India's National Security Advisor (NSA) Ajit Doval is in Beijing to attend a BRICS — Brazil, Russia, India, China, South Africa — security summit.
Amid the ongoing standoff between Indian and Chinese soldiers in Doklam area of Sikkim sector, India’s National Security Advisor (NSA) Ajit Doval is in Beijing to attend a BRICS — Brazil, Russia, India, China, South Africa — security summit. Over a month-long standoff has brought India-China relationship to a new low with free-flow of barbs from Beijing against India. China has asked India to withdraw unconditionally to bring normalcy to the relations. New Delhi has, however, refused to cow down in the face of the aggressive Chinese threat.
Doklam is a strategically important region for India. The standoff started when the Chinese soldiers tried to build a road in the region, which would have given China an easy access to India’s north-east. Officials on both sides were tight-lipped on Wednesday about Doval’s expected meeting with China’s top diplomat Yang Jiechi on the sidelines of the two-day summit. It is expected that the two would discuss Sikkim standoff if they meet. Earlier this week, China’s state daily Global Times had, however, warned that India should not pin hopes on Doval’s visit to resolve the border standoff.
As there seems to be no end to Sikkim standoff soon, can Prime Minister Narendra Modi-led Indian government do something dramatic to ease the tensions between the two countries.
According to Ashok Kantha, a former Indian ambassador to China, nothing dramatic should be expected. “I don’t think so. We are doing the right thing by handling the issue in a sober, measured manner,” Kantha was quoted as saying in an interview published by The Indian Express on Wednesday.
Kantha said India cannot withdraw “unilaterally” because the country has “very important stakes” in the region. “We can withdraw only if China heeds Bhutan’s request and restores status quo ante. Patient and painstaking efforts will be called for on our part. This is not something that will happen through a high profile or dramatic move on either side,” he said.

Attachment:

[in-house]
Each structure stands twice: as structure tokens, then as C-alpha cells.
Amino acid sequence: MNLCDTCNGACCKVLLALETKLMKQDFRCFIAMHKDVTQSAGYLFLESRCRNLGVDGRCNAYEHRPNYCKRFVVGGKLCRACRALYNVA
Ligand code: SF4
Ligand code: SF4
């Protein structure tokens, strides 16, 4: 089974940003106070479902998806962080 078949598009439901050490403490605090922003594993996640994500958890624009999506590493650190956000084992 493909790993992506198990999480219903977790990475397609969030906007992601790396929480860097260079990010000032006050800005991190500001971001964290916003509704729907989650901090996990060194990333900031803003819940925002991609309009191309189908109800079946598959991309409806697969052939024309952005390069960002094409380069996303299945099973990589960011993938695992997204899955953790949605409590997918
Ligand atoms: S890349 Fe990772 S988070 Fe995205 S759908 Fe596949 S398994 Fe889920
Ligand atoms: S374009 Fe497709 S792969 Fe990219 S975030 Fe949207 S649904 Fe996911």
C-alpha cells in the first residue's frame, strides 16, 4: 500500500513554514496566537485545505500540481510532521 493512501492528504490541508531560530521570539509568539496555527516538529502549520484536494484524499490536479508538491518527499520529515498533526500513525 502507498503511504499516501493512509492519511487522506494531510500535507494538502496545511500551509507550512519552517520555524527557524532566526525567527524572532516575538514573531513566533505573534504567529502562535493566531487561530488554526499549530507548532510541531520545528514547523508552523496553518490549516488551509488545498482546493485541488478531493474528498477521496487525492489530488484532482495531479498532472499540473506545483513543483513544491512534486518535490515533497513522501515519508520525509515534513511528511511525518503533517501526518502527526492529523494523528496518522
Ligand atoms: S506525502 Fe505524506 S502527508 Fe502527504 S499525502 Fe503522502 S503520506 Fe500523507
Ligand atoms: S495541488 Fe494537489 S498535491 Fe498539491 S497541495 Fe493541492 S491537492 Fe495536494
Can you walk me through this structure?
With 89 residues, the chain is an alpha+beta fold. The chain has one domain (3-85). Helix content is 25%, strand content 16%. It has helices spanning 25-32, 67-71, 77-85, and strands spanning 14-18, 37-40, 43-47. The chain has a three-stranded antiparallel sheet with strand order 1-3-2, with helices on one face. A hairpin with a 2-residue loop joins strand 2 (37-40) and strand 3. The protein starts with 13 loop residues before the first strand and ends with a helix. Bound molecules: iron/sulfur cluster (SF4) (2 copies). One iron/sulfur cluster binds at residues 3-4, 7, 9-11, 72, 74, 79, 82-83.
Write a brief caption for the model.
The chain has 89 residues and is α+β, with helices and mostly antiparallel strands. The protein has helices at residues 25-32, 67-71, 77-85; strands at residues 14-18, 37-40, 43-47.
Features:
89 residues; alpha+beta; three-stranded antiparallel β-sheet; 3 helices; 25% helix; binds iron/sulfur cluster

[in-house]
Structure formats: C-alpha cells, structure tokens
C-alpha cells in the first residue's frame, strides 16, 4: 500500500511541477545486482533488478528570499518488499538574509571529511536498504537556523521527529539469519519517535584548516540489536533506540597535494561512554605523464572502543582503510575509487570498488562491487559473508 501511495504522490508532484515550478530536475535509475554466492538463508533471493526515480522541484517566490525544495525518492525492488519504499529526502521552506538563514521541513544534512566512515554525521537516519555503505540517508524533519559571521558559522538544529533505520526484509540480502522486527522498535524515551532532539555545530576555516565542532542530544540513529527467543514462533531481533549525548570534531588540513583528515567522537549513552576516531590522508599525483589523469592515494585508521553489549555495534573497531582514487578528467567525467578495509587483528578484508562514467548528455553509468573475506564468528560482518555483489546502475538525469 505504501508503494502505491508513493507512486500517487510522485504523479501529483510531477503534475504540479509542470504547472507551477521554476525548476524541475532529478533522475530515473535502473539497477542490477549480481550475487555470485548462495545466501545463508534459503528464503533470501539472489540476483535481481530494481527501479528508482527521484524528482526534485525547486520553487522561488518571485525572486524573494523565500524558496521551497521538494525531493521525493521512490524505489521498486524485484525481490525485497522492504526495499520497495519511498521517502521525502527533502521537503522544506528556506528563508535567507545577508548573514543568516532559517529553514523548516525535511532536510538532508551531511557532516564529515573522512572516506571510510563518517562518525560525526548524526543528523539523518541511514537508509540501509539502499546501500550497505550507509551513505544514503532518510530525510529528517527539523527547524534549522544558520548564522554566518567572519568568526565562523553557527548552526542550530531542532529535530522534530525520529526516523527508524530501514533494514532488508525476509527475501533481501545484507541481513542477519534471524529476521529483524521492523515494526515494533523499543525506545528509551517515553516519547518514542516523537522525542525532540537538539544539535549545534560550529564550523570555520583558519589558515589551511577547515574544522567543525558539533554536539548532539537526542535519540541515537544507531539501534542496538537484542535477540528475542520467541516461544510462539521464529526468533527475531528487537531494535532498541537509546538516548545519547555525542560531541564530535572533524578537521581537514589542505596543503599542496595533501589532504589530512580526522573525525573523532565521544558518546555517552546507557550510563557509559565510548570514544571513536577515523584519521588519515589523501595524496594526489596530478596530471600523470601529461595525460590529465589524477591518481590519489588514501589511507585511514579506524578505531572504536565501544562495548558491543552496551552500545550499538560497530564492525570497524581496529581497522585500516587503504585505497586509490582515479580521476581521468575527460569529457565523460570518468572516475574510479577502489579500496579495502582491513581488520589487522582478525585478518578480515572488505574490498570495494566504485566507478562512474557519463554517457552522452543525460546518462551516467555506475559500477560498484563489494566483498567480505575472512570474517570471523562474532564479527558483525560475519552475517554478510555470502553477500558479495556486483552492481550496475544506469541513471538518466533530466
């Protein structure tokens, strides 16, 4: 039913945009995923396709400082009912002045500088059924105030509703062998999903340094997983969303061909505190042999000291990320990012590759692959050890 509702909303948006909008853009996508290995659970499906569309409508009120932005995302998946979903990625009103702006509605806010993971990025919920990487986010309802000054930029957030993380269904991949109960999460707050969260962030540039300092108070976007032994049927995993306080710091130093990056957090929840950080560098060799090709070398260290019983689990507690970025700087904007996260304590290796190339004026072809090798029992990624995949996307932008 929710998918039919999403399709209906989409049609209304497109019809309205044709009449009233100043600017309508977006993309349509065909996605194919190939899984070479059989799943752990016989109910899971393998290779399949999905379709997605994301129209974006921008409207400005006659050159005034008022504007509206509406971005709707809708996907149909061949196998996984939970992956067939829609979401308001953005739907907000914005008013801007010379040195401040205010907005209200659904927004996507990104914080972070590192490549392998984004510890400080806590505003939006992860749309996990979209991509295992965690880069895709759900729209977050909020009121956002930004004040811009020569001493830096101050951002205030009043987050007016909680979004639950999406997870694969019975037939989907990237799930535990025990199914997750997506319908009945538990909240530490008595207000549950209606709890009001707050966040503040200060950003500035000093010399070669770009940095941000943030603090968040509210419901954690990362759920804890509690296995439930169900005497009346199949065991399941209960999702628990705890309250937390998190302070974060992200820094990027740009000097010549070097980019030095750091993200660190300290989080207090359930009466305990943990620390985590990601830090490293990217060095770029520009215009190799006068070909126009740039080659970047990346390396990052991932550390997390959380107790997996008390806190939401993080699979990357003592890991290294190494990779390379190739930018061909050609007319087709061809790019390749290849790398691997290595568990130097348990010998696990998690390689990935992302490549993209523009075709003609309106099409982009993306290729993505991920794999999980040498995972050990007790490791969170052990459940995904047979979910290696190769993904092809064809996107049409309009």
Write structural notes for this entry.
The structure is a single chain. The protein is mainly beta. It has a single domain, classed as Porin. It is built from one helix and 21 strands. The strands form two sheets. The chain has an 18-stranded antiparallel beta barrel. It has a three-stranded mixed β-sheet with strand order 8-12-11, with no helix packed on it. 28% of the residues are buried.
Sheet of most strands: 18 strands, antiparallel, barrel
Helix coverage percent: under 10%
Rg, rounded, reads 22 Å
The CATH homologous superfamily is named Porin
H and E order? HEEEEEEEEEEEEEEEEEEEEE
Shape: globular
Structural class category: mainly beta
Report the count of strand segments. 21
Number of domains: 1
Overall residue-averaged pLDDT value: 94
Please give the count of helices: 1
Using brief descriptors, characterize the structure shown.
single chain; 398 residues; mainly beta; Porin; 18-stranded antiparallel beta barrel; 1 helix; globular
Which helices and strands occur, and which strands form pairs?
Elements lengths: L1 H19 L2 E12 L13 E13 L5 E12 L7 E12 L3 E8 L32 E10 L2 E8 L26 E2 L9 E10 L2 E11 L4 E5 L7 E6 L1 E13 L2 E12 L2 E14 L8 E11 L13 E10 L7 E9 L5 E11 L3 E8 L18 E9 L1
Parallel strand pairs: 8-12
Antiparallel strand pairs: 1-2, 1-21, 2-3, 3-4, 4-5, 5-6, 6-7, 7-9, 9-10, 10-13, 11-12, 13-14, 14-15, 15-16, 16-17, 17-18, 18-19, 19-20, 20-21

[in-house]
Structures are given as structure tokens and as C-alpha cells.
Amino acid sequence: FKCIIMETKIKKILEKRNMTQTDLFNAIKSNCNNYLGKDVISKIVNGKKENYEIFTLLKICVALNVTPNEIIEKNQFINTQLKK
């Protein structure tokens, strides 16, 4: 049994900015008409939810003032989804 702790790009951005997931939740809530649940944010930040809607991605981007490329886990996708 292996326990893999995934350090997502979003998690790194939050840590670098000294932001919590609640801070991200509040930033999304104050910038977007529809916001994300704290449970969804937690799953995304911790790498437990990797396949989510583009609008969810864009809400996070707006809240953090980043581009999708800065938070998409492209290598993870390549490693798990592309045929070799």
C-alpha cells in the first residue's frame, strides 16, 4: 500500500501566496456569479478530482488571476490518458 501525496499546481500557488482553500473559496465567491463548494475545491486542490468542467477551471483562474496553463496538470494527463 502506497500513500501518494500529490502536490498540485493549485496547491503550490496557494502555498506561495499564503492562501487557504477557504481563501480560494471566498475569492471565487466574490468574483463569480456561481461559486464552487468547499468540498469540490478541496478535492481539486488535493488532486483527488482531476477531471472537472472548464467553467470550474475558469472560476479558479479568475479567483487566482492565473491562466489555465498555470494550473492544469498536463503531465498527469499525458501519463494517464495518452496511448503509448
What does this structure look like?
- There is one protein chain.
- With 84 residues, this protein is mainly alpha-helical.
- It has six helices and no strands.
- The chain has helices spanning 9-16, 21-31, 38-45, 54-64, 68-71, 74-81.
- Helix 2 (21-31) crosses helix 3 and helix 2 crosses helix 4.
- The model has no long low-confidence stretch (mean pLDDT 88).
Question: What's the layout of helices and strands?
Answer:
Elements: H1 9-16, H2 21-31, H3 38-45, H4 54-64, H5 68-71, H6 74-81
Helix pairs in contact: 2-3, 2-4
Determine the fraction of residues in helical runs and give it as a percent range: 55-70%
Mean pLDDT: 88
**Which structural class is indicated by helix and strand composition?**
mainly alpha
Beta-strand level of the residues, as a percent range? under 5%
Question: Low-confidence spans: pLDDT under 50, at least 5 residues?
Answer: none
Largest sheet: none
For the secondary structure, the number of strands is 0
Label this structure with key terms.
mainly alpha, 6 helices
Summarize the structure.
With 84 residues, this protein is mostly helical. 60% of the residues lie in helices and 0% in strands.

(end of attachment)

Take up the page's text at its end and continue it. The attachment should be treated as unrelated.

The former diplomat stressed on the need of talks and diplomacy to ease off the crisis. “Quiet diplomacy and quiet talks are required, first to lower the temperature, then to de-escalate the ground situation, achieve termination of the standoff, and eventually the problem,” he said.
However, Neville Maxwell, an international journalist who has reported on India-China for decades, said past Indian governments after Nehru didn’t try to open negotiations for the settlement of boundary disputes with China for fear of domestic resentment.
“So deeply has the toxic myth of “unprovoked Chinese aggression” bitten into mass consciousness in India, so convinced is the public that the desolate area of Aksai Chin is as much Indian territory as is Connaught Circus, that even Mr Modi would risk sinking his own popularity if he agreed to border negotiations,” Maxwell told The Indian Express.
The veteran journalist claimed there is “strong pressure” on India from Washington to “do no such thing”. “Indian hostility towards China can be one of the strongest cards in the American hand and is to be nurtured by all means.”
For Modi, it would require an “extraordinary act of political courage” to undertake a “policy reversal”, Maxwell said. The journalist, who covered 1962 war for The Time, also shared the example of Mikhail Gorbachev, who in a speech in Vladivostok in 1986 had signaled that the Soviet Union was ready to drop “no negotiation” position against China and Beijing had responded immediately.
“The result would be the same if Mr Modi dared, with the great geopolitical prize of cordial Sino-Indian relations — not to mention a Nobel,” Maxwell said.
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